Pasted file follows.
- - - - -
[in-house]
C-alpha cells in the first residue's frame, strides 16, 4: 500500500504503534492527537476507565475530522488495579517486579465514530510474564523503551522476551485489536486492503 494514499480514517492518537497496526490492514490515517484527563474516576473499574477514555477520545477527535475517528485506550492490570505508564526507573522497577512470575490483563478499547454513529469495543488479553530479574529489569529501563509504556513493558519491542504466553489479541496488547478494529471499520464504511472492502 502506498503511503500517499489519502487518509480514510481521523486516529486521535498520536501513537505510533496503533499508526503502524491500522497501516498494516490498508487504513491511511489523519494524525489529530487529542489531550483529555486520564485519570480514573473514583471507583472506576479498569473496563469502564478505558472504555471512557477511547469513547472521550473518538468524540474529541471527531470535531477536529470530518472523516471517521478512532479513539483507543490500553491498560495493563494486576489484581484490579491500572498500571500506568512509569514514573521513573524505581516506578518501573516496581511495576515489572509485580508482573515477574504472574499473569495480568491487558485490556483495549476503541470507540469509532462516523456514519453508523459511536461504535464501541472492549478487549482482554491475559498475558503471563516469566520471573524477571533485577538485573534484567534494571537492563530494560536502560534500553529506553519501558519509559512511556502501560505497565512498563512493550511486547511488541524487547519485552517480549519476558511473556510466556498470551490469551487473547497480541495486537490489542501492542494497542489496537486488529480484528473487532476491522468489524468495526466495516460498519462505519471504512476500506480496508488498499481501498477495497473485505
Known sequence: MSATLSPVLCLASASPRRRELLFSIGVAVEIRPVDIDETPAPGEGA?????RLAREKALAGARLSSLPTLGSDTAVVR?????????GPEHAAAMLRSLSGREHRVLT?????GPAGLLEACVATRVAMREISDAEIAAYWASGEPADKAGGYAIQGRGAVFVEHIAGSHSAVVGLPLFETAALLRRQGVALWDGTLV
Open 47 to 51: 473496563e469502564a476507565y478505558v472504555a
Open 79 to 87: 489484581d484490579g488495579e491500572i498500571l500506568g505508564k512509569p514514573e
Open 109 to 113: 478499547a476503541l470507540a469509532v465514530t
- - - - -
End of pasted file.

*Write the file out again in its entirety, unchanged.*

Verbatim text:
[in-house]
C-alpha cells in the first residue's frame, strides 16, 4: 500500500504503534492527537476507565475530522488495579517486579465514530510474564523503551522476551485489536486492503 494514499480514517492518537497496526490492514490515517484527563474516576473499574477514555477520545477527535475517528485506550492490570505508564526507573522497577512470575490483563478499547454513529469495543488479553530479574529489569529501563509504556513493558519491542504466553489479541496488547478494529471499520464504511472492502 502506498503511503500517499489519502487518509480514510481521523486516529486521535498520536501513537505510533496503533499508526503502524491500522497501516498494516490498508487504513491511511489523519494524525489529530487529542489531550483529555486520564485519570480514573473514583471507583472506576479498569473496563469502564478505558472504555471512557477511547469513547472521550473518538468524540474529541471527531470535531477536529470530518472523516471517521478512532479513539483507543490500553491498560495493563494486576489484581484490579491500572498500571500506568512509569514514573521513573524505581516506578518501573516496581511495576515489572509485580508482573515477574504472574499473569495480568491487558485490556483495549476503541470507540469509532462516523456514519453508523459511536461504535464501541472492549478487549482482554491475559498475558503471563516469566520471573524477571533485577538485573534484567534494571537492563530494560536502560534500553529506553519501558519509559512511556502501560505497565512498563512493550511486547511488541524487547519485552517480549519476558511473556510466556498470551490469551487473547497480541495486537490489542501492542494497542489496537486488529480484528473487532476491522468489524468495526466495516460498519462505519471504512476500506480496508488498499481501498477495497473485505
Known sequence: MSATLSPVLCLASASPRRRELLFSIGVAVEIRPVDIDETPAPGEGA?????RLAREKALAGARLSSLPTLGSDTAVVR?????????GPEHAAAMLRSLSGREHRVLT?????GPAGLLEACVATRVAMREISDAEIAAYWASGEPADKAGGYAIQGRGAVFVEHIAGSHSAVVGLPLFETAALLRRQGVALWDGTLV
Open 47 to 51: 473496563e469502564a476507565y478505558v472504555a
Open 79 to 87: 489484581d484490579g488495579e491500572i498500571l500506568g505508564k512509569p514514573e
Open 109 to 113: 478499547a476503541l470507540a469509532v465514530t